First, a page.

R is for the desired result.

U is for understandable.

B is for believable.

E is for engaging — that they care.

D is for doing — the action you want them to take.

The acronym “rubed” makes me think of the word “rubbed,” but missing a “b.” It’s as if that “b” has been rubbed off… I drew you a picture. It’s at the top of this essay.

Figurer huggna i sten på romersk triumfbåge

Vem ska utveckla utvecklarna?

Jonas Söderström

”Vem ska vakta väktarna?”
Sedan romarna hamrade fram frasen på stålblankt latin – som ”Quis custodiet ipsos custodes” – har den frågan symboliserat dilemmat hur vi ska kontrollera dem som vi gett makt att bestämma över oss.
Nu behöver den uppdateras.

De som tidigare stod i fokus för romarnas fråga var just polis och militär. Så småningom kom den att tillämpas också på politiker och ledare över huvud taget. Om vi ger dem privilegiet att bestämma över oss, hur kan vi vara säkra på att de inte missbrukar förtroendet?

De senaste åren har dock en helt ny grupp av människor – på mycket kort tid – fått en oerhörd makt över allas våra liv. Teknikens snabba utveckling har givit en helt ny klass av entreprenörer inom tech, ingenjörer, programmerare och mjukvaru-utvecklare  en makt utan motstycke över det dagliga livet för miljarder människor.

Mycket av vad de åstadkommit har varit till nytta för oss. Men gradvis börjar vi nu upptäcka ett antal obehagliga bevis på att allt de gör inte enbart är välgörande.

Ta till exempel tvålautomaten som inte vill ge tvål till färgade

Eller inpasseringssystemet som menar att en kvinna inte kan vara läkare

Visst, det är bara exempel från den triviala änden av spektrat. Buggar som kan rättas enkelt.

Men vad sägs om algoritmer som missgynnar minoritesgrupper inom rättssystemet, eller ger dem sämre möjligheter till lån eller ett jobb? Eller det robotiserade bidragssystemet som felaktigt klassar svaga grupper som bedragare?

Eller datorprogrammet som ritar om valkretsar för att hitta det mest orättvisa valresultatet – men som gynnar det styrande partiet? 

Eller taxiföretagets system för att specifikt lura trafikinspektörer?

Och då har vi inte ens pratat om ”fake news”, eller hur eller hur digitala plattformar kommit att används för att organisera etnisk rensing eller provocera fram mord och överfall

Erfarenheterna får allt fler att ifrågasätta: hur kan vi vara säkra på att denna nya klass inte missbrukar den makt de tagit sig? Eller, för att vara korrekt, som vi givit dem genom att använda deras produkter.

Det är sant att få av dessa system eller tjänster skapades med onda avsikter. De skadorna som de orsakat har, med några otäcka undantag, varit oförutsedda bieffekter.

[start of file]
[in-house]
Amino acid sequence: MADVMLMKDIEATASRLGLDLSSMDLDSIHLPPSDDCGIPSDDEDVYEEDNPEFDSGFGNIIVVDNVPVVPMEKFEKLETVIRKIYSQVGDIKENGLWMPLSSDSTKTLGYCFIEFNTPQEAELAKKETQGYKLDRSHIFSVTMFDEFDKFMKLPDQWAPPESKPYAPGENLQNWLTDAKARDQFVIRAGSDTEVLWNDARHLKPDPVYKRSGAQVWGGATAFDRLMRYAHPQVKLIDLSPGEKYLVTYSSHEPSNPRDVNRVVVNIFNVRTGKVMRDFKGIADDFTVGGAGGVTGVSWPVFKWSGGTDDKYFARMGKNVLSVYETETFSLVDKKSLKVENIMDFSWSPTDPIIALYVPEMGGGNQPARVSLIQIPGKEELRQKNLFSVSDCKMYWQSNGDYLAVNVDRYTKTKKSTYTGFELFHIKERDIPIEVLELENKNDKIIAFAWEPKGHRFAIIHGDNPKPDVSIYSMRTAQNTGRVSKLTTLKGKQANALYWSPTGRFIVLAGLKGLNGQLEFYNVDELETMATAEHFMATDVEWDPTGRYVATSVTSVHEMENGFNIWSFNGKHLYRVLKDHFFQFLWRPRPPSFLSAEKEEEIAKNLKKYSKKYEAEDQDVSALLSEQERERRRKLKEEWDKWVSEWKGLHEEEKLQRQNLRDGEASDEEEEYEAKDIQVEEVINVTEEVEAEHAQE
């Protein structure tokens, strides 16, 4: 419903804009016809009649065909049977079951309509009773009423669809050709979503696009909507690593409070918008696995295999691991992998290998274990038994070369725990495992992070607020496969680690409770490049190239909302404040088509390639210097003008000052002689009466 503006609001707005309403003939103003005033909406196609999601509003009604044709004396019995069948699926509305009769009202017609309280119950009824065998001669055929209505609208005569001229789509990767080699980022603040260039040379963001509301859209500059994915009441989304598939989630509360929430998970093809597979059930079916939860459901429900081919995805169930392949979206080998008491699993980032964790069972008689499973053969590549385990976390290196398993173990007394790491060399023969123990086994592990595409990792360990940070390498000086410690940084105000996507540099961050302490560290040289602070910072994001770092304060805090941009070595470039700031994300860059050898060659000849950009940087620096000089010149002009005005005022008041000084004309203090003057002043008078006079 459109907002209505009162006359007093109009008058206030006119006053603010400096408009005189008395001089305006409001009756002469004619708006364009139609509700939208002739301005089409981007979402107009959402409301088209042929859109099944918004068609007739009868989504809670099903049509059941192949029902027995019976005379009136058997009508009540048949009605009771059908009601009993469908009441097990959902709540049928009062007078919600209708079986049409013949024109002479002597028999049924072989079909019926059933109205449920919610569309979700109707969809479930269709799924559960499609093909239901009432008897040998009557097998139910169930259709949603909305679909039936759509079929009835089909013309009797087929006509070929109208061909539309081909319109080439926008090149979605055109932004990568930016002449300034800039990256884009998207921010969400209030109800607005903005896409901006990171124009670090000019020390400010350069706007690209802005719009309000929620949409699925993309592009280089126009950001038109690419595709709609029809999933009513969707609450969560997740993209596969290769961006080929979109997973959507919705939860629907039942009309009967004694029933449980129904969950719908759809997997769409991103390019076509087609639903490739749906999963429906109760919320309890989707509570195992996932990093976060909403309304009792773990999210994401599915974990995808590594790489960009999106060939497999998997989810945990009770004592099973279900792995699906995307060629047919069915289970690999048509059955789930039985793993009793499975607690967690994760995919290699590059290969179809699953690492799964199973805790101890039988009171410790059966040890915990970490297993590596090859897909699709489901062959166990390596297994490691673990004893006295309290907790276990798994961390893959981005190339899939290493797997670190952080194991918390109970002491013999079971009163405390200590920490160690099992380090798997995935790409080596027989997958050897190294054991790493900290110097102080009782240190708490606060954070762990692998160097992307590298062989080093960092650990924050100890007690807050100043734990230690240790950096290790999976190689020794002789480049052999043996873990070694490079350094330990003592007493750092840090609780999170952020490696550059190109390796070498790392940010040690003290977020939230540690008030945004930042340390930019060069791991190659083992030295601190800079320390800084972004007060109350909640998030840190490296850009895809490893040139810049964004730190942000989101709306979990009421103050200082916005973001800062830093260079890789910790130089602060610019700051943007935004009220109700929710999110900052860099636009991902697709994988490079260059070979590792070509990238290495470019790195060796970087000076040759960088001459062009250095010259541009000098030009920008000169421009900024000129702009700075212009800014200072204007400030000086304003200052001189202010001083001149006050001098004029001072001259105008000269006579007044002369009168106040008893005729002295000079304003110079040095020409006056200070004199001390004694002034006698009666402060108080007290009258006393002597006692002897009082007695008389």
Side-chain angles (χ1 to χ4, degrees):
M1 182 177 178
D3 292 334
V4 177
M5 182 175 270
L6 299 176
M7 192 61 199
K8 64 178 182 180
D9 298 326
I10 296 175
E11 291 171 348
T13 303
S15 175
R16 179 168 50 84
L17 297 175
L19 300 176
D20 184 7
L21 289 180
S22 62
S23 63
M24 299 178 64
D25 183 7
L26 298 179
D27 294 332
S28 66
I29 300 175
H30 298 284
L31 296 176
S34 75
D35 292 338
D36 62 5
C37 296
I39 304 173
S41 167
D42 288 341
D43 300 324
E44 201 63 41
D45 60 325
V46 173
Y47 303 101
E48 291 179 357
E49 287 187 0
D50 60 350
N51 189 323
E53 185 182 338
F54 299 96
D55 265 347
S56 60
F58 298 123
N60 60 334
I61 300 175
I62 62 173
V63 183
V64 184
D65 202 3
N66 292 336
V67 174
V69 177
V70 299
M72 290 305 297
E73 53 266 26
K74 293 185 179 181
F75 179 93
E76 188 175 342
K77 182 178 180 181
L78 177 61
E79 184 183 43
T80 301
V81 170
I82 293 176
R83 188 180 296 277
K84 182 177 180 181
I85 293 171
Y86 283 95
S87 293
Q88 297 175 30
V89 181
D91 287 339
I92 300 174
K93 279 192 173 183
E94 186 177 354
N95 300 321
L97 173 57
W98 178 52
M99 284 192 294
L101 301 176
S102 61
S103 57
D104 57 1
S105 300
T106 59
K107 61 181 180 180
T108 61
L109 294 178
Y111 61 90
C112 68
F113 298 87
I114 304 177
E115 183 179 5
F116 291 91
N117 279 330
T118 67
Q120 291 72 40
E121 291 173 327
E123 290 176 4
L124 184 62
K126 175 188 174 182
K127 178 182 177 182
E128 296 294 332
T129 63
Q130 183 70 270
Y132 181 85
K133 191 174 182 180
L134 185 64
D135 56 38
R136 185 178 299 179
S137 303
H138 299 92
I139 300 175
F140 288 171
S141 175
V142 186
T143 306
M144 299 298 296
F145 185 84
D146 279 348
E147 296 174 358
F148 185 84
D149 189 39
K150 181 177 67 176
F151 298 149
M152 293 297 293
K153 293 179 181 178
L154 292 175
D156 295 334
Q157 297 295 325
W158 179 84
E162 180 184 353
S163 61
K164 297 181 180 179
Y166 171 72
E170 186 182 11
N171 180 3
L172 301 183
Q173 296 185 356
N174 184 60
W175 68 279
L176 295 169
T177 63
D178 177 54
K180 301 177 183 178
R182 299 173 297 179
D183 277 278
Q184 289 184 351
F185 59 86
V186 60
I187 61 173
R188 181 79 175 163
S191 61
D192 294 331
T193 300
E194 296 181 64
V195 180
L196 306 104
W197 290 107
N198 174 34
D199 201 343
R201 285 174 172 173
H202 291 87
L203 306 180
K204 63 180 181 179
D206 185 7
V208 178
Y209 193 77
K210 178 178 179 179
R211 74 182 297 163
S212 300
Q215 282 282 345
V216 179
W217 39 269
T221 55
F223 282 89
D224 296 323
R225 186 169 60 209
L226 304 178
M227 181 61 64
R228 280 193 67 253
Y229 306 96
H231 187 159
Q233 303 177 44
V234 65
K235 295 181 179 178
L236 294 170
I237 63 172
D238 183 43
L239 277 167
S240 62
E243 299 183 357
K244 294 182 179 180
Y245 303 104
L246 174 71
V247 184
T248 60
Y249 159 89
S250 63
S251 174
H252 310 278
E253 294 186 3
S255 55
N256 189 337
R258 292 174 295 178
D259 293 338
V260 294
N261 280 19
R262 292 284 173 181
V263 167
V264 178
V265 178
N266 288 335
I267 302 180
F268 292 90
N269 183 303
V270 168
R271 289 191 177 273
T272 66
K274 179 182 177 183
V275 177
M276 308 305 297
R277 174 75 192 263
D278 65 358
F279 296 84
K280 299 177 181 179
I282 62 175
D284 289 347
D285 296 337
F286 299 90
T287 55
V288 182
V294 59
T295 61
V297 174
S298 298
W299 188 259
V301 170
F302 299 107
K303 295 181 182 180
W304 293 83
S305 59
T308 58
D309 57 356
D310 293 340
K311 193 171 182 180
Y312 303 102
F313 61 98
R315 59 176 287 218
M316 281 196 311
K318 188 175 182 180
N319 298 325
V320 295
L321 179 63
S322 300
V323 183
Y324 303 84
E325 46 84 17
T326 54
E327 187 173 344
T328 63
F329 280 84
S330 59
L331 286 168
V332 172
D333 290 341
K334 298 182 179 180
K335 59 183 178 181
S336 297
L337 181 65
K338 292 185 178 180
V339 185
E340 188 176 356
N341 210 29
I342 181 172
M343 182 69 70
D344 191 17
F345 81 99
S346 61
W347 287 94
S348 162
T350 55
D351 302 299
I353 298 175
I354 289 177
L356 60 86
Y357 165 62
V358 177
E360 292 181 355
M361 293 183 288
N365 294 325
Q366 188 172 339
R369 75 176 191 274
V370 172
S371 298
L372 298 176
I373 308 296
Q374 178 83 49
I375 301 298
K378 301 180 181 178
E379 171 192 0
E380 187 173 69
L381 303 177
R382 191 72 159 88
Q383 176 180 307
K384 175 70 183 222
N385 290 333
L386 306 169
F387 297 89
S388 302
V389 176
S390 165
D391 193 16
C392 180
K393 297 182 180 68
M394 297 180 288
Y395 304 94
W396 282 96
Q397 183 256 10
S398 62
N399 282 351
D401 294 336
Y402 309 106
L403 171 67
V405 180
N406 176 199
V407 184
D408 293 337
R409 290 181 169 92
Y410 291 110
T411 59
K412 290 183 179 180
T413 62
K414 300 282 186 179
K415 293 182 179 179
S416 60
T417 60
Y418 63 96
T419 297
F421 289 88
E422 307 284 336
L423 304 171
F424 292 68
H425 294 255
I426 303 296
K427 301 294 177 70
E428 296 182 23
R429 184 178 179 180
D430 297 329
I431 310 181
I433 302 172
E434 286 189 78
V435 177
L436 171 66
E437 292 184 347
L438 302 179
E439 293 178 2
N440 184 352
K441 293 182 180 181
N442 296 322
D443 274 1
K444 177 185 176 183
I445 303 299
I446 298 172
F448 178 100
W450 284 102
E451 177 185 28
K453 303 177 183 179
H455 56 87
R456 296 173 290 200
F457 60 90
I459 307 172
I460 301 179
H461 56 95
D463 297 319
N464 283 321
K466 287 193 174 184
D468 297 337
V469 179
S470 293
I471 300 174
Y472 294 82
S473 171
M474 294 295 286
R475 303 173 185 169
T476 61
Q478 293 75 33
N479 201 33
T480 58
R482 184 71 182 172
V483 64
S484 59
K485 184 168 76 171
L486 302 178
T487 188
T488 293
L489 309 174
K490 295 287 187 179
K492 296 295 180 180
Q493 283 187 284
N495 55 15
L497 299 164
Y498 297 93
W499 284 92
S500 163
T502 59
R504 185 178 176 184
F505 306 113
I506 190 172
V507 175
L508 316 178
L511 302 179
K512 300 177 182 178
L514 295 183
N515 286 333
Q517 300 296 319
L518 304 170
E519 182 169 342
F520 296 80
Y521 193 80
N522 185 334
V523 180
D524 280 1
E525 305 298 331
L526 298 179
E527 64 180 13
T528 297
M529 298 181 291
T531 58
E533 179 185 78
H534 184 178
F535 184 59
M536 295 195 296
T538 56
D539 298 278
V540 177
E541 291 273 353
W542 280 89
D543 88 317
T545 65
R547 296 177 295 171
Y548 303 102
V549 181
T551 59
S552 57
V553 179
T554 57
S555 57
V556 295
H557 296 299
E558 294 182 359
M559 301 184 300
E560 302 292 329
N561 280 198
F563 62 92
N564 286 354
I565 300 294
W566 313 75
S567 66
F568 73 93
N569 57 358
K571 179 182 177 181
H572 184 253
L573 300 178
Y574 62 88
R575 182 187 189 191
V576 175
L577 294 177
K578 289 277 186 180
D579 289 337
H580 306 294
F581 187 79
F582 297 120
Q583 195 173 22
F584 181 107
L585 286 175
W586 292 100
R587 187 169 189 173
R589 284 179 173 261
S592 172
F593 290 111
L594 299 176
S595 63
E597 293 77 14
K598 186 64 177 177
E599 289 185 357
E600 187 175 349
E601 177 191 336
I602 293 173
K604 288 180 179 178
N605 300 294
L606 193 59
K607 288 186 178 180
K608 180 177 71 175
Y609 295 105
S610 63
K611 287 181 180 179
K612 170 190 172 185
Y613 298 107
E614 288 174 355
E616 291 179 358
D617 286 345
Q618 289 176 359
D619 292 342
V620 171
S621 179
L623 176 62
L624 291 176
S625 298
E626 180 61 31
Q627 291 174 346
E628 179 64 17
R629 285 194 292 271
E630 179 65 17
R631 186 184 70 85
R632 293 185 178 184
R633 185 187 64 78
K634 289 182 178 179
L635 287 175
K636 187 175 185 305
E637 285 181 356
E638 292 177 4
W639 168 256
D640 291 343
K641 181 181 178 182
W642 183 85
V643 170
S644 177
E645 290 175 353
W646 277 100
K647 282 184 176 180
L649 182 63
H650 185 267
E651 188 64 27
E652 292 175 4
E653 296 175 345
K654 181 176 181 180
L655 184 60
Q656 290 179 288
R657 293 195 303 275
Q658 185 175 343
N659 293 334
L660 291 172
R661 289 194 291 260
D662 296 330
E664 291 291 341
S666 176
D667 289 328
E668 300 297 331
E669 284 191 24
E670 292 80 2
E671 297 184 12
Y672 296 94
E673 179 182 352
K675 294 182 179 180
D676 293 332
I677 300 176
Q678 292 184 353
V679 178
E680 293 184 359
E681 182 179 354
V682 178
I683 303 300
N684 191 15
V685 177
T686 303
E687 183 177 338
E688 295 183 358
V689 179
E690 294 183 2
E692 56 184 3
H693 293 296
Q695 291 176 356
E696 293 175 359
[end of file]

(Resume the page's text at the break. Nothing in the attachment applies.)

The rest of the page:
Oförutsedda – men ingalunda oförutsägbara.

I en del fall är förklaringen förmodligen en sorts blåögd tanklöshet. Men en hel del måste bottna i ett djupare o-intresse för mänskliga förhållanden. Att det finns människor med olika hudfärg i världen är uppenbart för de flesta av oss. Att skapa en sensor som inte tar hänsyn till det speglar bara värderingarna och trångsyntheten hos konstruktören. 

Och sedan har vi förstås den rena ondskan. Som tech-entreprenören som kräver att gatorna han och andra värdefulla går på måste rensas från obehagliga, fattiga människor. Eller den öppna kvinnofientligheten.

Utan en djupare förståelse för vad det är att vara människa, kommer techindustrin att fortsätta leverera produkter som skadar eller exkluderar.

Efter två årtusenden måste frågan om vem som vaktar våra väktare, som så mycket annat, uppdateras. Det nya, avgörande dilemmat för vårt samhälle är, på latin: Quis machinabitur ipsos machinatores? 

Eller på samtida svenska: Vem ska utveckla utvecklarna?

Som John Naughton skriver i The Guardian:

Now mathematics, engineering and computer science are wonderful disciplines – intellectually demanding and fulfilling. And they are economically vital for any advanced society. But mastering them teaches students very little about society or history – or indeed about human nature. As a consequence, the new masters of our universe are people who are essentially only half-educated. They have had no exposure to the humanities or the social sciences, the academic disciplines that aim to provide some understanding of how society works, of history and of the roles that beliefs, philosophies, laws, norms, religion and customs play in the evolution of human culture.